Residents of two of Mesa’s oldest and most different areas are teaming with the city to preserve what’s special about their neighborhoods as they look to the future.
Overlooking the city from slightly higher ground on the northwest side, Lehi was the 1870s launching pad for Mesa, and to this day residents fight to maintain a distinctive rural atmosphere with big yards and horse properties.
South of downtown, the Nuestro neighborhood may be Mesa’s most urban section, with half-century-old homes bunched together in a quarter-square-mile area.
Both neighborhoods are being guided by city staffers who say they will do the residents’ bidding.
"When the process gets started, we will work with the local residents, and they determine who their leaders are and what the plan will address," said Mesa planner Wahid Alam, who will help lead the first meeting on Lehi’s sub-area plan within a few weeks. The process will include, among other things, community meetings, neighborhood surveys and mapping out a blueprint for preserving what gives the area its unique character.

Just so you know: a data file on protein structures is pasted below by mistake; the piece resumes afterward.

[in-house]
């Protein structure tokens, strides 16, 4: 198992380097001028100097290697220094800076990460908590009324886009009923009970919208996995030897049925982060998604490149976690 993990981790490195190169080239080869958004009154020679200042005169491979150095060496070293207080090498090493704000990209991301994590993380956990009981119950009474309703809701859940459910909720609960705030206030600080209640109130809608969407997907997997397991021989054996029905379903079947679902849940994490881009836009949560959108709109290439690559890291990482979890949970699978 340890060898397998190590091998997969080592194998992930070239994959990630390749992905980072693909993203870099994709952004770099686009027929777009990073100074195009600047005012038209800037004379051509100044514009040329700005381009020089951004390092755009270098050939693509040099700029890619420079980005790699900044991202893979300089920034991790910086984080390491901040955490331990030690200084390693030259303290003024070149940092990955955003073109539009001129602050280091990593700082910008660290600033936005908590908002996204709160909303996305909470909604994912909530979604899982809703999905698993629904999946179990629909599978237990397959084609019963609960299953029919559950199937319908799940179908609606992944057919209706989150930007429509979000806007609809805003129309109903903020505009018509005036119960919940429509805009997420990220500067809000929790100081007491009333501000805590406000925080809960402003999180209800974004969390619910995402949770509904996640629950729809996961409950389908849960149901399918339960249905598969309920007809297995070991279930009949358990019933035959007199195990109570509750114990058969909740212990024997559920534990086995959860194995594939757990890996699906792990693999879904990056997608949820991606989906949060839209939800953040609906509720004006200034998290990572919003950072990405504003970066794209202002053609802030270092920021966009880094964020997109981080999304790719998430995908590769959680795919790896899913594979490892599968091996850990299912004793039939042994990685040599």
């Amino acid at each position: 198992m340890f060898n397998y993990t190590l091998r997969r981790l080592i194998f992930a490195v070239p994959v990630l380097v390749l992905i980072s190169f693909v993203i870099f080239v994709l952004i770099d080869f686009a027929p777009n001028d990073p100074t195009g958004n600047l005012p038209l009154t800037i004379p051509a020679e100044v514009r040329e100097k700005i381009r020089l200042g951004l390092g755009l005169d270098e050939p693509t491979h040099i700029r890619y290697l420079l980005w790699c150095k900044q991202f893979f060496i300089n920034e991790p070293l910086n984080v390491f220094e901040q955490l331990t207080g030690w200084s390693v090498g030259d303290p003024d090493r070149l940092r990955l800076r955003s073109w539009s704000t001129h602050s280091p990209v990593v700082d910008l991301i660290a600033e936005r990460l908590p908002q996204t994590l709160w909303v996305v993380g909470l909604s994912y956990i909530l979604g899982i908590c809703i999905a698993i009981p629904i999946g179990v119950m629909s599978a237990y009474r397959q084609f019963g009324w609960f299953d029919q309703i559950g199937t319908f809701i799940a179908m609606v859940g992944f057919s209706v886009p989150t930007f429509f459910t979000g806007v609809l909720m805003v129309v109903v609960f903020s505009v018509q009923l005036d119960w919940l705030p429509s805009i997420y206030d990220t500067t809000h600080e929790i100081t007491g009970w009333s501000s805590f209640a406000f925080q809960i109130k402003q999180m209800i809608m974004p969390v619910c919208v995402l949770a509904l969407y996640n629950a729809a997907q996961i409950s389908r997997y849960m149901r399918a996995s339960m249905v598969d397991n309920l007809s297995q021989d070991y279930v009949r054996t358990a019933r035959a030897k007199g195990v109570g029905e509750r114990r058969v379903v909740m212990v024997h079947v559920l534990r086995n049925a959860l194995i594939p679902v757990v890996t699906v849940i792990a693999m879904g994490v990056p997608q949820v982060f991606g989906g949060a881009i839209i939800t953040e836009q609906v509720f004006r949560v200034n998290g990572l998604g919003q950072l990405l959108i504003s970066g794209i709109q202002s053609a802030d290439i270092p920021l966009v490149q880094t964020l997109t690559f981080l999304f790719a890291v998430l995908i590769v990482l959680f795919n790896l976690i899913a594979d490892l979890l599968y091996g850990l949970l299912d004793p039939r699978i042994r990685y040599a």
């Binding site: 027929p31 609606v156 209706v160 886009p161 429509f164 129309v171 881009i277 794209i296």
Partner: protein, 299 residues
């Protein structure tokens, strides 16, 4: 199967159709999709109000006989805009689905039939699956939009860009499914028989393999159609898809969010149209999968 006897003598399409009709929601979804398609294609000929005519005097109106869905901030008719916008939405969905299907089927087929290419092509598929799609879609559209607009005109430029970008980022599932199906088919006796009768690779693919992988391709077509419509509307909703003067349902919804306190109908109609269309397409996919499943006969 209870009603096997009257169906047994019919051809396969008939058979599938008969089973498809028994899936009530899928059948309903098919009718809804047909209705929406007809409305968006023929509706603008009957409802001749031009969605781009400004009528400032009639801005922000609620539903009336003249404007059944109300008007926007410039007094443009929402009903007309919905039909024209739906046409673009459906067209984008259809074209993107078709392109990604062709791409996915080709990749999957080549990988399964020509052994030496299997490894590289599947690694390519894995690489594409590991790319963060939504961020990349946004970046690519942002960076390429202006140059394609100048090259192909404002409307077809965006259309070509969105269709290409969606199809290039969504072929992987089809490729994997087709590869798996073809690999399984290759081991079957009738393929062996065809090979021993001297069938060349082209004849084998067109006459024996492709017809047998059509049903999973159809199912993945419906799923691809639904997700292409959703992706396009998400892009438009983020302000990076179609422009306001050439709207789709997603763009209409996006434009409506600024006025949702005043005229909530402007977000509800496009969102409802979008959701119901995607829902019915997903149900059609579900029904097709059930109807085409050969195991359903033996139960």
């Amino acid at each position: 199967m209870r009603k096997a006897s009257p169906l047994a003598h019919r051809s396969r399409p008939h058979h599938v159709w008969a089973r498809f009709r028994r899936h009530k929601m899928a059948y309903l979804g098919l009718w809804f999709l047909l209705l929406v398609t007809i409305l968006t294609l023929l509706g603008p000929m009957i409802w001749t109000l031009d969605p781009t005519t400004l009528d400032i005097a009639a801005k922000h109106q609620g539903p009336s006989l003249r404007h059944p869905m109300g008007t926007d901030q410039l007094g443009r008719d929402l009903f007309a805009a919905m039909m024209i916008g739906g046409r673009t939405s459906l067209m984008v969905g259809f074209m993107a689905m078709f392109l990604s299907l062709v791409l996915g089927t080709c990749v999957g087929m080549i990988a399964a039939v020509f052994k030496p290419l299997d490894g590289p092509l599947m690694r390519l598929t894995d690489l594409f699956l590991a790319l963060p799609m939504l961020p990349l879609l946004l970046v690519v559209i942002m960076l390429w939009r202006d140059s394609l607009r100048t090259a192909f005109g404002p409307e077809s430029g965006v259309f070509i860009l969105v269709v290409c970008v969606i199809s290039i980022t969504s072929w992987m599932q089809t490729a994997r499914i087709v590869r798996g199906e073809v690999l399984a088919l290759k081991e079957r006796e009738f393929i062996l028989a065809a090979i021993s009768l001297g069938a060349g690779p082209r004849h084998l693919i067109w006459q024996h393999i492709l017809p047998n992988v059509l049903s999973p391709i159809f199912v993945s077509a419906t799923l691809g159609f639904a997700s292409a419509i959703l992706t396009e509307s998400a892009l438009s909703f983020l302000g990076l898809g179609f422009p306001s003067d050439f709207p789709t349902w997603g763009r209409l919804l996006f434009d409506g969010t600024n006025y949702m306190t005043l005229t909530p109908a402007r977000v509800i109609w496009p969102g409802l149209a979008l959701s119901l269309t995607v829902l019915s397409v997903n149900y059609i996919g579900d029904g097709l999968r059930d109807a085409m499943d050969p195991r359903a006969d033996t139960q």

Nuestro is a little further along in crafting its neighborhood plan, expected to be finished in September.
It grew out of a push to be named as the city’s second "opportunity zone," a city designation to help an area. Last month a City Council subcommittee recommended against the designation, intended to encourage upgrades in areas where homes are just beginning to age and deteriorate.
"That’s OK," said 28-year Nuestro resident Jack Hannon. "We don’t mind being called a revitalization zone."
He said residents as a whole hope that whatever blueprint comes out of the planning, it will speed up the process of sprucing streetscapes and houses.
Mesa neighborhood outreach specialist Deanna Villanueva-Saucedo said Nuestro has a population of 2,100, 84 percent of whom are Hispanic.
Hannon said Nuestro has older families and arrivals from Mexico, "who find a neighborhood here that’s a place they can transition into life in the community."
Nuestro is the first section of Mesa to undertake the planning process on the neighborhood level. As a subarea within Mesa’s general plan — or an area which the city designates as having strengths to capitalize on — Lehi is starting a process already completed by other unique parts of the city, such as the Citrus area.
Page Dewitt, secretary of the Lehi Community Improvement Association, said working on the sub-area plan could force neighbors who want to keep a rural focus as their special character, but don’t always agree on the details, to hash things out.